Micro-Level Practices—Race, Racism, and the Everyday Practices of Schooling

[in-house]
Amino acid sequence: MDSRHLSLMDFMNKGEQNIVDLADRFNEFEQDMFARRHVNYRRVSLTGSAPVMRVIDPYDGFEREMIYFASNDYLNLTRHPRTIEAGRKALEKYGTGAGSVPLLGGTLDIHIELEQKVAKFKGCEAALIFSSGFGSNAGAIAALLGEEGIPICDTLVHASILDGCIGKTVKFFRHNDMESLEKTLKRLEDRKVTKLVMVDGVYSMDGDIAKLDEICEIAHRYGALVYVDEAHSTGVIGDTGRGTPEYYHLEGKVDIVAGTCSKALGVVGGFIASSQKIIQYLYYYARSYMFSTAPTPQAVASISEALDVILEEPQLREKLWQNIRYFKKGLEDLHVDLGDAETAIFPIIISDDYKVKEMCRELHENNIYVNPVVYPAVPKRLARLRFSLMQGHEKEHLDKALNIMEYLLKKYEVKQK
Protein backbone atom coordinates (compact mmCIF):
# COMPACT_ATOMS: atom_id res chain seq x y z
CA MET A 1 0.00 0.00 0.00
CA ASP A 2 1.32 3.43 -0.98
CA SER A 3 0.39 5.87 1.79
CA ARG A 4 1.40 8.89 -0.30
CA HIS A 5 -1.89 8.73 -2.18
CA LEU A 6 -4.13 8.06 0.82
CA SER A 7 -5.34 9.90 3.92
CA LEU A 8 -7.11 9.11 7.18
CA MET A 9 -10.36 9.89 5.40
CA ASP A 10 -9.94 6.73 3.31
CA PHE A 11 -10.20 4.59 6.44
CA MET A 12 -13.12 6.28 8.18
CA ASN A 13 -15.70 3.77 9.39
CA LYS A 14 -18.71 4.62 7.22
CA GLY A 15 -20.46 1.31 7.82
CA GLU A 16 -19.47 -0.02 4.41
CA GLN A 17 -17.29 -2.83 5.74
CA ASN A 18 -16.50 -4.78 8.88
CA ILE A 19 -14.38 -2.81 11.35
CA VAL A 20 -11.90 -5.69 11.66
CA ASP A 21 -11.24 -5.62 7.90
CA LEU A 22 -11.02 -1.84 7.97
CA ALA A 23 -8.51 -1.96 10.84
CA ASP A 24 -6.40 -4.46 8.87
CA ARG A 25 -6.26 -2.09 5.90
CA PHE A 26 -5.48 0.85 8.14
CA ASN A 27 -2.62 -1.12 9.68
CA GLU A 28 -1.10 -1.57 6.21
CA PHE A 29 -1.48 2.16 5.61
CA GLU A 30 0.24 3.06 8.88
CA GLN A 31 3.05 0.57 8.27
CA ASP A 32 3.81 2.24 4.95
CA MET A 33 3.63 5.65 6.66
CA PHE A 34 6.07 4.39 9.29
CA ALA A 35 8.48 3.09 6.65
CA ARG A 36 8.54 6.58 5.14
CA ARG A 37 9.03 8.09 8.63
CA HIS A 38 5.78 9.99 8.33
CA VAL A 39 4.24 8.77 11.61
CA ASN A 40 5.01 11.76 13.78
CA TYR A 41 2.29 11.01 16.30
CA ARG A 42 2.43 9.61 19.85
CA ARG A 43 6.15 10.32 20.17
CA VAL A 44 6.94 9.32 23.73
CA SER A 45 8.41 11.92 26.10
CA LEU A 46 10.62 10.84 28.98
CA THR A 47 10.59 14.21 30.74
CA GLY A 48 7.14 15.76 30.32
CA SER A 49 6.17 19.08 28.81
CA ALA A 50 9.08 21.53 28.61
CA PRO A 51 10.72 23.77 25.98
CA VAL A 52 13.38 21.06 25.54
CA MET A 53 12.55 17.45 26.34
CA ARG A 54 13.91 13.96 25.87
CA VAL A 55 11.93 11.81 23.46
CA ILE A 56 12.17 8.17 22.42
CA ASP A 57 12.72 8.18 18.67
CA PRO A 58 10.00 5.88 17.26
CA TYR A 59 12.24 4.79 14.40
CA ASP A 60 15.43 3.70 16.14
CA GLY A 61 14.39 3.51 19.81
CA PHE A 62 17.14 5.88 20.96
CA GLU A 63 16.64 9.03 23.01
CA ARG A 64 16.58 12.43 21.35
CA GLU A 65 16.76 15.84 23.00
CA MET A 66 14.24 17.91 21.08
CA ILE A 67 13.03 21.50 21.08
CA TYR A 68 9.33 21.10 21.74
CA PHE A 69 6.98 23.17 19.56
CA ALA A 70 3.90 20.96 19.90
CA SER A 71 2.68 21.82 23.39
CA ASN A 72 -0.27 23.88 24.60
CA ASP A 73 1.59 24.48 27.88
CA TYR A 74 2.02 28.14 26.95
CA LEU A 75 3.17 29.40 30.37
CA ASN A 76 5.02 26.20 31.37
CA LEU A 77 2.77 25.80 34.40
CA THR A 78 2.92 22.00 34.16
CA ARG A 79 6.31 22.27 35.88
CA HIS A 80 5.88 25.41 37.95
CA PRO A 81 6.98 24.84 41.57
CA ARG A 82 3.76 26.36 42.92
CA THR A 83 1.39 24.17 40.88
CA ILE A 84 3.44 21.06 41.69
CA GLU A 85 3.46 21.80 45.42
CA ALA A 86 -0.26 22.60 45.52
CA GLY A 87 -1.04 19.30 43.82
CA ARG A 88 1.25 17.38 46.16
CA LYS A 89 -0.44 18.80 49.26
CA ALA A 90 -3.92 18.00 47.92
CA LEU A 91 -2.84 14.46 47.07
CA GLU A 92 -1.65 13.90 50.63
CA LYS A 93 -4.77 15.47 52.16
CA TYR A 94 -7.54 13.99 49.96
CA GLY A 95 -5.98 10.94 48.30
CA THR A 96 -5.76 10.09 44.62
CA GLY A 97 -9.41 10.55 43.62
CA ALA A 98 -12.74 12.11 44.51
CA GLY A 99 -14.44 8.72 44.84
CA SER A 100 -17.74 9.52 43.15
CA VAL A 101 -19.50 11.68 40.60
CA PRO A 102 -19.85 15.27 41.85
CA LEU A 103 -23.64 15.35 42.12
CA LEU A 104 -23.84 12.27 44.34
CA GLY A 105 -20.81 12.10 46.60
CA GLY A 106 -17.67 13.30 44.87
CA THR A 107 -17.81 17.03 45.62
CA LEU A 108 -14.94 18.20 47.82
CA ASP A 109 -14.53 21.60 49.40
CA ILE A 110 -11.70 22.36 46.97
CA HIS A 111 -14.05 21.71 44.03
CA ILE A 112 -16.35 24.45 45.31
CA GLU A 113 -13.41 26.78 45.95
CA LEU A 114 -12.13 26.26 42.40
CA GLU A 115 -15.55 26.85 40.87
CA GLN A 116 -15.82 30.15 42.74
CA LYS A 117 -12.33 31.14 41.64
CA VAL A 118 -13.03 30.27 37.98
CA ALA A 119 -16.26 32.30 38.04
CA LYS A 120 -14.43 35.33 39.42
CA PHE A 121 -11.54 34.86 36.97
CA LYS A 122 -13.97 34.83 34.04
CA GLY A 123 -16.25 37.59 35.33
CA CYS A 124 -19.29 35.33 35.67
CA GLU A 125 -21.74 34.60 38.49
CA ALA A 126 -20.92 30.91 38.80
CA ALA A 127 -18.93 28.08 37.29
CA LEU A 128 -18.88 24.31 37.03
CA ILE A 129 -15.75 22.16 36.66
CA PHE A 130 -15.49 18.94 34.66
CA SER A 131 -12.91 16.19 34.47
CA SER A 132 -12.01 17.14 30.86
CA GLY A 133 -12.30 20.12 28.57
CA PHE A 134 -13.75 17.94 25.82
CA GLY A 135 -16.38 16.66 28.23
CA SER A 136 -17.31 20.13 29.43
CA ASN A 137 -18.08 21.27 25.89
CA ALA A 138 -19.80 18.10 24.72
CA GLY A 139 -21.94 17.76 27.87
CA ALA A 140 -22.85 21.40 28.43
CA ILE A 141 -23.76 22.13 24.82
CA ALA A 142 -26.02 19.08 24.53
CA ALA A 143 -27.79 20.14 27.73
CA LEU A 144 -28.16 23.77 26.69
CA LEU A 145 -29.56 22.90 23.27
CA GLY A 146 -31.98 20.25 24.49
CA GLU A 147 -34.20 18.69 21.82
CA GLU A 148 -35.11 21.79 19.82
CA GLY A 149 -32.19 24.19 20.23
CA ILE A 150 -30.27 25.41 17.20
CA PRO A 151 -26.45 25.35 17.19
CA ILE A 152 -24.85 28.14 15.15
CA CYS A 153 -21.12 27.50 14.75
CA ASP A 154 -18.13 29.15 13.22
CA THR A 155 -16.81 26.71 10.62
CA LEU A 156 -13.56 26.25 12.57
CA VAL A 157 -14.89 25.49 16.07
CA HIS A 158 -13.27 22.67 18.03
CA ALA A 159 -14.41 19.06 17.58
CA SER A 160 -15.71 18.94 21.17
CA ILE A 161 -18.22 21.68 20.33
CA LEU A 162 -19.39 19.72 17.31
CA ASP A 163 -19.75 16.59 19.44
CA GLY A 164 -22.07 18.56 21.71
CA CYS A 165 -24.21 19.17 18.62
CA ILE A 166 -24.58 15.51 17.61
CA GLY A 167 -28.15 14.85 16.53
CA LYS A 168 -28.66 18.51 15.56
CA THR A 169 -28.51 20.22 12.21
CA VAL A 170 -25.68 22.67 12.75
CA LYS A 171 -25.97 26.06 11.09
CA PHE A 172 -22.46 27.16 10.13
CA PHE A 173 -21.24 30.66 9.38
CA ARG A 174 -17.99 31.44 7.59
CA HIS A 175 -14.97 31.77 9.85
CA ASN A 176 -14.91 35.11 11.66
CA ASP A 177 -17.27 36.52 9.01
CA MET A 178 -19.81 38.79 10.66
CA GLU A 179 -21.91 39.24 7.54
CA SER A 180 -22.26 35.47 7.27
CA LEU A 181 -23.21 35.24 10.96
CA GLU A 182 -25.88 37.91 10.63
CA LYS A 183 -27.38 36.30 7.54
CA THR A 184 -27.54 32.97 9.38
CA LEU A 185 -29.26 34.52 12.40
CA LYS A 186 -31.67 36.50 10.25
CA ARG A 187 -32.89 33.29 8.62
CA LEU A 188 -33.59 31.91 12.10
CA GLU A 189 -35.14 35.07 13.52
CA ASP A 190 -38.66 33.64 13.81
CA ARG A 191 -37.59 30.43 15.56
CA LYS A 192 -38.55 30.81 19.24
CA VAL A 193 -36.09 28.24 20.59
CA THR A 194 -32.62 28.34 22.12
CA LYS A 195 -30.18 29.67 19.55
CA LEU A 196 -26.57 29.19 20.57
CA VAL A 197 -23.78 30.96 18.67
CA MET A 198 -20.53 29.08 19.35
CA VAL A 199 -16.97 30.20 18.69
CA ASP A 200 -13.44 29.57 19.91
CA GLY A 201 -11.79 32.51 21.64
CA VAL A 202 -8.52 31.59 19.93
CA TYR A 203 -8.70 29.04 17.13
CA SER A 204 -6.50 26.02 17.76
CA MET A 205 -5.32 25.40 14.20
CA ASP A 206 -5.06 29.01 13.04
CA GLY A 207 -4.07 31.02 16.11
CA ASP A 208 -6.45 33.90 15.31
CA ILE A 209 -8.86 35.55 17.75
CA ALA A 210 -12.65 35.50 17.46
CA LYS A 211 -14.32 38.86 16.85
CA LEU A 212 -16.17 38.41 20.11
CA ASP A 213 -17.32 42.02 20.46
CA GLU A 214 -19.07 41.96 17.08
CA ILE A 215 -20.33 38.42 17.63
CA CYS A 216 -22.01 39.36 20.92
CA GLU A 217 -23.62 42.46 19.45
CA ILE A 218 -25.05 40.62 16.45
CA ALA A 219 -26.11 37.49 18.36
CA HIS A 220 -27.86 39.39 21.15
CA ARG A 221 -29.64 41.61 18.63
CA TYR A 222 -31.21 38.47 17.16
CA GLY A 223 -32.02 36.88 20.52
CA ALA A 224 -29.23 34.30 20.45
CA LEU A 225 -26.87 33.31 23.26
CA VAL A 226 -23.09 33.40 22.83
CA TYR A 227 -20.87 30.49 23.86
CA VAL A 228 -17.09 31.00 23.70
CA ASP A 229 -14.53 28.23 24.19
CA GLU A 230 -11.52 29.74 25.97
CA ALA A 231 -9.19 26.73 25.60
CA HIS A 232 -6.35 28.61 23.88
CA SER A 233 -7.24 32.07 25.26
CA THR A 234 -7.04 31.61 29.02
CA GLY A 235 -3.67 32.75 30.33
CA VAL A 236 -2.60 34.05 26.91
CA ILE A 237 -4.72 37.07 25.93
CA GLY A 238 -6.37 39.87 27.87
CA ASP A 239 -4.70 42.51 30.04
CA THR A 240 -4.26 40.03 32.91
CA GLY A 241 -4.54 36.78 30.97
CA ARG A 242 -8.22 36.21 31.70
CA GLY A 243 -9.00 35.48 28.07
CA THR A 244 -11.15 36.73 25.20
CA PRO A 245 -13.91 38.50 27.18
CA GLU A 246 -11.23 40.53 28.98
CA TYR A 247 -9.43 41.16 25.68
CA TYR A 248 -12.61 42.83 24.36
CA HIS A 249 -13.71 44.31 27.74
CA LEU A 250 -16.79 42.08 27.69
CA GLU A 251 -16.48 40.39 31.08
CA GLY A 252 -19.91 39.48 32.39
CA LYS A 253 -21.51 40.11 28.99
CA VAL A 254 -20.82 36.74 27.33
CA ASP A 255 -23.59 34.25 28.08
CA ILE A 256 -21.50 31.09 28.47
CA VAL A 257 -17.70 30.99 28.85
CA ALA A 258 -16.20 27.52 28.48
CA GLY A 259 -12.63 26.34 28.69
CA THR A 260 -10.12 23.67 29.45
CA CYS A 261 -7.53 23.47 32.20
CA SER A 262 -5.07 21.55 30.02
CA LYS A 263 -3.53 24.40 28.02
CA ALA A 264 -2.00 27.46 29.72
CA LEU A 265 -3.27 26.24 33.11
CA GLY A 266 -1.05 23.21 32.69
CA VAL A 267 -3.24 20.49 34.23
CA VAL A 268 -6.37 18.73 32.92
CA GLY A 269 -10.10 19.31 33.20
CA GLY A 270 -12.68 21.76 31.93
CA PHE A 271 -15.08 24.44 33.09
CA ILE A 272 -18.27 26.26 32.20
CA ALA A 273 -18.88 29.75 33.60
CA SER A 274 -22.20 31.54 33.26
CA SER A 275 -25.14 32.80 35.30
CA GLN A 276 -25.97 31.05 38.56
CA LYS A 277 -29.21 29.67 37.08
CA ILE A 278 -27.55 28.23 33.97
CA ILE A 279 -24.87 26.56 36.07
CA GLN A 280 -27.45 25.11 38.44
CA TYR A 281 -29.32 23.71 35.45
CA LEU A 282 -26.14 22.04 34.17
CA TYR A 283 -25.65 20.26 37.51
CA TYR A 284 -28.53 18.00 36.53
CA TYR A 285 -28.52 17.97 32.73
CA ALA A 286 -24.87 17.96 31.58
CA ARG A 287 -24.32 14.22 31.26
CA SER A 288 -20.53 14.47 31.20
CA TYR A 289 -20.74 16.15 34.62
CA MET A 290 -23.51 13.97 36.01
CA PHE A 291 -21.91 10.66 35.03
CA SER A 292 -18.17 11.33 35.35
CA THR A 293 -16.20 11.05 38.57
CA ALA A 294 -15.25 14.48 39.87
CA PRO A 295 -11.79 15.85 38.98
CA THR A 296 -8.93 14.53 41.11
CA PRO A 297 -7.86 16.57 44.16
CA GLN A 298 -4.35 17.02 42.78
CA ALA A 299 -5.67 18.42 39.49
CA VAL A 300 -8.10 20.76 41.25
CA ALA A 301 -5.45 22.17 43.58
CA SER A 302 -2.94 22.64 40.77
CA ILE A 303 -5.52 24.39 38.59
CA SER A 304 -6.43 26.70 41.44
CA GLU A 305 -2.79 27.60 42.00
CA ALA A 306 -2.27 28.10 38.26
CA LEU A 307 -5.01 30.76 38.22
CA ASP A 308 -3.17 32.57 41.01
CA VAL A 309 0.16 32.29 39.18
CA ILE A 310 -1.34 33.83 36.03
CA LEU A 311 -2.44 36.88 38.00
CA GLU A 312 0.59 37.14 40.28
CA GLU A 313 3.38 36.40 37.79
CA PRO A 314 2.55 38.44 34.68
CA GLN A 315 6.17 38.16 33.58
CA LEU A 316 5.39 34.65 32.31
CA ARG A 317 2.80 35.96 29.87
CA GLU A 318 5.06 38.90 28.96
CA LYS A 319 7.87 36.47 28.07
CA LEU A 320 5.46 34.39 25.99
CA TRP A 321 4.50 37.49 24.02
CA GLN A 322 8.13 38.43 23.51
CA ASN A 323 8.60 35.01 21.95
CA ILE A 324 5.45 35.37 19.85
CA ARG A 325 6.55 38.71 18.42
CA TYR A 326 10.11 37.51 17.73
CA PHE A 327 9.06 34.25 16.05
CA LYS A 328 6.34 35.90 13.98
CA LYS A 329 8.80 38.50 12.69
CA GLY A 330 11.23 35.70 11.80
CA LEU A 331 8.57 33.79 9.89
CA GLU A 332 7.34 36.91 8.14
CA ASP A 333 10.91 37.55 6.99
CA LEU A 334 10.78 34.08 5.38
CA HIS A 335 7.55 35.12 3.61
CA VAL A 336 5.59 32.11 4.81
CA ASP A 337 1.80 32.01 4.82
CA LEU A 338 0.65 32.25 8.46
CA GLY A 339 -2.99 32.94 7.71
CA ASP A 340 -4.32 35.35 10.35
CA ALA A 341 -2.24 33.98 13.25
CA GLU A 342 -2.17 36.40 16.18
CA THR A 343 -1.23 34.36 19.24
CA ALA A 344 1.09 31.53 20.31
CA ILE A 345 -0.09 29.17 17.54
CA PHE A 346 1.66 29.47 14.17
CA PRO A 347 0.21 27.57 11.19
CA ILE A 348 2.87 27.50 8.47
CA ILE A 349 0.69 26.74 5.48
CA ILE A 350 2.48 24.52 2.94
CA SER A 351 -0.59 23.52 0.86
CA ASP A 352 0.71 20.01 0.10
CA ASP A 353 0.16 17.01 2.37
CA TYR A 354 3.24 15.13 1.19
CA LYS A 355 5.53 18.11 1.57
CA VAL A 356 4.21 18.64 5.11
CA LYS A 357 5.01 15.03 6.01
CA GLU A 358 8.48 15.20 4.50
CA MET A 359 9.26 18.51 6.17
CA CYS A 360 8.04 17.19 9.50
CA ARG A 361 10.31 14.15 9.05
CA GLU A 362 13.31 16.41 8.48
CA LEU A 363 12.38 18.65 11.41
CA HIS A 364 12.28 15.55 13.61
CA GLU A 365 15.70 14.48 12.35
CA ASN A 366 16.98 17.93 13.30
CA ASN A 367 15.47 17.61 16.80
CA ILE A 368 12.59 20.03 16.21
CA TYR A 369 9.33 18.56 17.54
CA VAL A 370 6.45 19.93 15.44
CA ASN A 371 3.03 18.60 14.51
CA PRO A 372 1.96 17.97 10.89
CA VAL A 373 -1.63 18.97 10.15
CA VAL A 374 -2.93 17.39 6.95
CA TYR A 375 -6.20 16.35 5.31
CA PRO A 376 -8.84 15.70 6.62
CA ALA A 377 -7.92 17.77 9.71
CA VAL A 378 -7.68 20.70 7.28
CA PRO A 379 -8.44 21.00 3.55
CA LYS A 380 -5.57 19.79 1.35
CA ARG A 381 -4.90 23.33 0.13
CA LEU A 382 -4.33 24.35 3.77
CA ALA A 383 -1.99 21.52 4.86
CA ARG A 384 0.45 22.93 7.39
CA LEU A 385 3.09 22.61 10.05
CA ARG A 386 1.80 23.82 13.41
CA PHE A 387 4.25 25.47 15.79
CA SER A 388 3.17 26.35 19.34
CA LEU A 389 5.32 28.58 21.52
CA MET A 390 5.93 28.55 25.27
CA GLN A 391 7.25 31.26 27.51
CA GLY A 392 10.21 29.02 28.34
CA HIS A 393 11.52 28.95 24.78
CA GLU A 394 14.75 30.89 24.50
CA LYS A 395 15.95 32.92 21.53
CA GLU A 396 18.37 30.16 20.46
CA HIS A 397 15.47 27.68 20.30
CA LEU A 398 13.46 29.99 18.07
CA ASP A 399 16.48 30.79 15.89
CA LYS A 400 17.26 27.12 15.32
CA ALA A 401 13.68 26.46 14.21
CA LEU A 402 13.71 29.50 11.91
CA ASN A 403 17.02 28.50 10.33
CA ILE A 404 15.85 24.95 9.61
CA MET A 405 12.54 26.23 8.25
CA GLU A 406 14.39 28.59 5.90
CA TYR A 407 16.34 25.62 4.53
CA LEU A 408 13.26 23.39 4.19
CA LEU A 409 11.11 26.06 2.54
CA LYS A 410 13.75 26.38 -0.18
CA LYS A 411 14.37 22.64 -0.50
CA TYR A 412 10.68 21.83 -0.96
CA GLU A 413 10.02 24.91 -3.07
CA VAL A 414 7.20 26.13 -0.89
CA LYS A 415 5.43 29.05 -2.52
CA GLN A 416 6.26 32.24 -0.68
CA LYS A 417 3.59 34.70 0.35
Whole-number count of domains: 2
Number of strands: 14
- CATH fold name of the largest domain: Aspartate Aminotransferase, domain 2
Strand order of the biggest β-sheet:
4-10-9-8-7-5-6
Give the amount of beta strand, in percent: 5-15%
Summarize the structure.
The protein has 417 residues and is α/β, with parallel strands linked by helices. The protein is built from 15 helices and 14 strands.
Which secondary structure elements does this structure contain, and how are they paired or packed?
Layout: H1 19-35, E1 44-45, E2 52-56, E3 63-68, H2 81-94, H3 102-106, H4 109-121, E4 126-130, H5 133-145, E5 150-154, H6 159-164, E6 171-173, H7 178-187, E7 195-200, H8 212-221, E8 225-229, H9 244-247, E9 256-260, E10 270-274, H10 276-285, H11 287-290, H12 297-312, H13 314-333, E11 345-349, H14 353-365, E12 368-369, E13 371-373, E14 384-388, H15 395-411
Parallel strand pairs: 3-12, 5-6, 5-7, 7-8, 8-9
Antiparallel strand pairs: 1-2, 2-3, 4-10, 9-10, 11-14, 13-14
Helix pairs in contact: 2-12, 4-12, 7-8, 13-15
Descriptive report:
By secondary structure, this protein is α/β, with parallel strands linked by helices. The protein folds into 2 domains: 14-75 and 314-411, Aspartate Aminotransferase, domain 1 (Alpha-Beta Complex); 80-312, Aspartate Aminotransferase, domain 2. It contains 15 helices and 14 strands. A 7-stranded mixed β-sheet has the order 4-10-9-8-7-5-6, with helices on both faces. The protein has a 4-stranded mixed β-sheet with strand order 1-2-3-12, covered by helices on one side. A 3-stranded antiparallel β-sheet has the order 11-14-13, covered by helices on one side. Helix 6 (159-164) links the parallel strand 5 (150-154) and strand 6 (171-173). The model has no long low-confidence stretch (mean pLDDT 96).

One of the most important ideas that we hope to convey in this chapter is that the ways in which schooling is structured and carried out daily are not natural, normal, or neutral. Th at is, schools are structured, policies are adapted, and practices are implemented to serve broader political, social, and economic purposes (Gillborn 2005). Recall our discussion on liberalism where the political discourse of equality has been used to serve the interests of the more powerful in society. School practices, like education policies, which are presented as neutral or objective serve to legitimate (i.e., justify) the disadvantage of students who are unequally impacted by these inherently biased practices and policies.